Currently I don’t see any person from exile giving any Zimbabwean shelter, but we all expect people who were’nt in exile to do just that to do just that, and that is sad. Lets help everyone and get involved in helping our people(South-Africans)in particular, after seeing what has happensd I’m sure everyone agrees that they really are the one’s in desperate need of help.

  • Mandy de Waal

    @Lyndall Beddy: Thanks for your comments. In terms of the ANC exiles in Africa, for me the debate here is not about numbers. Rather about concepts. ANC exiles were harbored in African countries at great threat to those countries. If you recall the SADF sent covert missions to those countries and many locals were bombed or killed in the SADF efforts to exorcise exiles during apartheid. I believe that the sheer number of illegal and other immigrants is a failure on the part of border control and home affairs. Those government departments have failed the immigrants along with all South Africans. They need to be called to answer for their failure.

    And the SAFM report is interesting but the ANC stopped their NEC one day short to move into trouble area. My view is that it is too little to late, but they ANC has been doing something. (Although in my view not enough. Not near enough.)

  • Mandy de Waal

    @Aleta: Thanks for your comments and what you are doing.

  • Human Writing

    An excellent article.

    I have to draw readers’ attention to today’s ‘Herald’ editorial from Zimbabwe.

    They, presumably ZANU (PF) are mocking South Africa in order to make political capital.

    This is the thanks Mbeki gets for shielding Mugabe. It’s too humiliating for words.

  • C’est moi

    @Qangani le kangaroo
    Cartoons aren’t by definition for laughing at. I went to look at the Zapiro cartoon which offended you and it is an extremely poignant political statement.

  • C’est moi

    We may well start believing in the end of the world what with food riots, the pacific ocean rapidly turning into plastic soup, the carbon build up in the atmosphere becoming hyperbolic and now China’s earthquake exposing radiation leaking from the ground. I hear there was another massive earthquake in Bogata. Where is that? Also Pacific or is it SAmerica? No time for google!! What I don’t get is the awesome power and efficiency with which China sorted out their earthquake victims but could/did they not help Burma with Irrowaddy Delta victims? Is it not they are the prop behind Burma’s military junta? Sorry for the sidetrack!

  • Lyndall Beddy


    This fiction about the ANC in exile must be cleared up.Oliver Thambo and Mbeki were in LONDON. I think Mbeki’s wife studied in NEW YORK. Mugabe’s wife was in SWEDEN. They, and all their families and dependents, were supported by Christian Action, who also raised ALL the money for the legal defense in the court cases, all raised in EUROPE!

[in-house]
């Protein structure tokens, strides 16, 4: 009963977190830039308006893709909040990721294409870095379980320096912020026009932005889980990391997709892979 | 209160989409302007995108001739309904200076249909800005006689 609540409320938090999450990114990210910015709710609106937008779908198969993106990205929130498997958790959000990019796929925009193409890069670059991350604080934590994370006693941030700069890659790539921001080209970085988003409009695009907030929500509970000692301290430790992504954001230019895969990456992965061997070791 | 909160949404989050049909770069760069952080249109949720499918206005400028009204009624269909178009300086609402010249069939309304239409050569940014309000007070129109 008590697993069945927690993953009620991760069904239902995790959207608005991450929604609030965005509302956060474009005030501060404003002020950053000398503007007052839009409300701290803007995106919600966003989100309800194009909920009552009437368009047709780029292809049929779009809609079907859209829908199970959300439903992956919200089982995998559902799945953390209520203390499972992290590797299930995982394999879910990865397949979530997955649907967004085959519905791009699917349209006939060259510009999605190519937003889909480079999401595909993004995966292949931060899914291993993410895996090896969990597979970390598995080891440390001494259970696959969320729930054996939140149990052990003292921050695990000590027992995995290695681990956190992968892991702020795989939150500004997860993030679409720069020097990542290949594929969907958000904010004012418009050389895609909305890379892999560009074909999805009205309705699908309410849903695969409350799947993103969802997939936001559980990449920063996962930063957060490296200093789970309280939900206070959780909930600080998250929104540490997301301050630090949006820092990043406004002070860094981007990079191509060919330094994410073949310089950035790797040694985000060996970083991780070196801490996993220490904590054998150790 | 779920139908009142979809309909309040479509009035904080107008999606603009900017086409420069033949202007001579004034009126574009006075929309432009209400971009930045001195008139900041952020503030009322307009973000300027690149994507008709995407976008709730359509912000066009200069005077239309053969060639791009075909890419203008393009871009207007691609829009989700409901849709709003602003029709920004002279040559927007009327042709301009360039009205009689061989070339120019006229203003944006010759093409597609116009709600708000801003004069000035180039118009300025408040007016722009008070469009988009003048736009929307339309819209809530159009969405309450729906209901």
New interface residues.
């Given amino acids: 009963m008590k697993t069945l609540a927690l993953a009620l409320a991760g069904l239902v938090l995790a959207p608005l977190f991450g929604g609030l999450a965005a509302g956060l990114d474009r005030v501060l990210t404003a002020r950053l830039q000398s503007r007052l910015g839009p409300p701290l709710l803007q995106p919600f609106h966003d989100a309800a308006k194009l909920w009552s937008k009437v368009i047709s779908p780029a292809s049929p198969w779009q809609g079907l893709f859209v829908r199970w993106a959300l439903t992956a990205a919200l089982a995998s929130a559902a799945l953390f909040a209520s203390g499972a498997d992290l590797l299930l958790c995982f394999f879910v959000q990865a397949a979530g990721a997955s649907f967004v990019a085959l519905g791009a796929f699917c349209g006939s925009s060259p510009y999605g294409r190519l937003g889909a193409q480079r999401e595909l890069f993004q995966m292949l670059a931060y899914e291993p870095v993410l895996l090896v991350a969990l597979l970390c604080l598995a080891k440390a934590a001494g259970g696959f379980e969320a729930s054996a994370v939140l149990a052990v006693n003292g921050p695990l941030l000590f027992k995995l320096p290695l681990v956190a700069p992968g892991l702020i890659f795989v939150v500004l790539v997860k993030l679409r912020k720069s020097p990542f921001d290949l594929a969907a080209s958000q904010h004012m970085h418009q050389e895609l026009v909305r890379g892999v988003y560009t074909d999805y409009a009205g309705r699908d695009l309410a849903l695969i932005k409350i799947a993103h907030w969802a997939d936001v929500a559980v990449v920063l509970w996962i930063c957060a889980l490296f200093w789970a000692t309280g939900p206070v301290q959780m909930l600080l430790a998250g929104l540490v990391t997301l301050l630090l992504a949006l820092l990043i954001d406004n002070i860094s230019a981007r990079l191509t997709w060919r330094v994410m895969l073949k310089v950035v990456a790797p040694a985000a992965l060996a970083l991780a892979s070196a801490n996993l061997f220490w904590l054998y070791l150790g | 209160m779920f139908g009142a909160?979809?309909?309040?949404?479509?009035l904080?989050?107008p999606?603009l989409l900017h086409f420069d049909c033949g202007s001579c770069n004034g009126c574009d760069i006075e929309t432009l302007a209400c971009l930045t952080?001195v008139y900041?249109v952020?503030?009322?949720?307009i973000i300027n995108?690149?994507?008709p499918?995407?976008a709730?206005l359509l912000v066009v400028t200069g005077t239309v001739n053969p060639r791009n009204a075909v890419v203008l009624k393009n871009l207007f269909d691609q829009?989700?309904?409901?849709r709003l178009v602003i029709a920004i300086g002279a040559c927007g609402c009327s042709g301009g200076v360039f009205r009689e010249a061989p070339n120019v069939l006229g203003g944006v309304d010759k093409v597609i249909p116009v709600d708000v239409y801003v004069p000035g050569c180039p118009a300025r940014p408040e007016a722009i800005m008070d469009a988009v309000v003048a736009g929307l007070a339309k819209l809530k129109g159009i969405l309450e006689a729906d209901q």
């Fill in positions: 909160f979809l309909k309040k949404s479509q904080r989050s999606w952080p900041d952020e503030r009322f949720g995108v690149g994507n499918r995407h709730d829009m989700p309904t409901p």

Also we do not have a capitalist society. We do not have a socialist society. We have an oligarchy, an elite, also a kleptocracy. Aristotle called this one of the worst forms of government.

  • Oldfox

    @Human Writing,

    I followed the link to the Herald and got the article: Xenophobia: Evil excuse for laziness

    What exactly do you not like about this article? I thought it was very informative.

  • Mandy de Waal

    @Lyndall Beddy: It is no fiction, it is historical fact. If you go through the ANC history you will see exactly which countries aided the struggle and how. While some of the ANC elite were housed in Europe, much if not most of the action took place on African soil.

  • Lyndall Beddy


    ANC history or ANC propaganda?

    Why not quote the books so I can read them?

  • Mandy de Waal

    Hi Lyndall. These books may prove useful:

    “Education in Exile: SOMAFCO, the African National Congress School in Tanzania, 1978-1992″ by Sean Morrow, Brown Maaba, and Loyiso Pulumani

    “Apartheid South Africa and African States: From Pariah to Middle Power, 1961-1994″ (International Library of African Studies)

    “Comrades Against Apartheid: The ANC and the South African Communist Party in Exile” by Stephen Ellis and Tsepo Sechaba (Paperback – Mar 1, 1992)

    “South Africa Belongs to Us: A History of the ANC” by Francis Meli
    Published by: Edinburgh University Press

    “THE ANC IN EXILE” ELLIS Afr Aff (Lond).1991; 90: 439-447

    “The African National Congress” (Sutton Pocket Histories)

    “African Nationalism from Apartheid to Post-Apartheid South Africa: A critical analysis of ANC Party Political Discourse” by Ellen Wesemüller

    “Slovo: The Unfinished Autobiography of ANC Leader” by Joe Slovo

    For online references go here:

    ANC Lusaka Mission

    ANC Zimbabwe Mission:

    Geraldine Joslyn FRASER-MOLEKETI : ANC in exile in Zimbabwe:

    Bessie Head : ANC Exile and refugee in Botswana:

    Joe Gqabi assassinated while in exile in Zimbabwe in 1981

    Jama Mbeki disappeared in exile in Africa:

    I have run out of time now, but let me know if you require any further historical accounts of the ANC in exile in Africa. I am sure you are aware of the fact that the ANC did not only include Thambo and Mbeki.

  • Lyndall Beddy


    Thanks. I just hope our little library has a few of them.

    Sorry – I don’t trust websites.

  • Mandy de Waal

    @Lyndall Beddy: A number of books are available are available online thanks to Guttenburge Press Project, so your assertion that you can’t trust the Web doesn’t make sense.

  • Lyndall Beddy


    I have never heard of Guttenburge Press. Thanks. Will Google it.

  • Lyndall Beddy


    Google can’t find Guttenburge Press Project, or Gutenburg Press Project. Can you give more detail please?

  • Oldfox

    Project Gutenburg

  • Lyndall Beddy


    Thanks – will check it out tomorrow.

  • Lyndall Beddy


    Very interesting. Has all the classics. But NO use to me – none of the 20 books I want to buy are on it – they are all still subject to copyright.

  • Mandy de Waal

    @Lyndall Beddy: My point was that good books, classic books are available on line. Ergo you can trust the Web. But like life, you just need to be circumspect.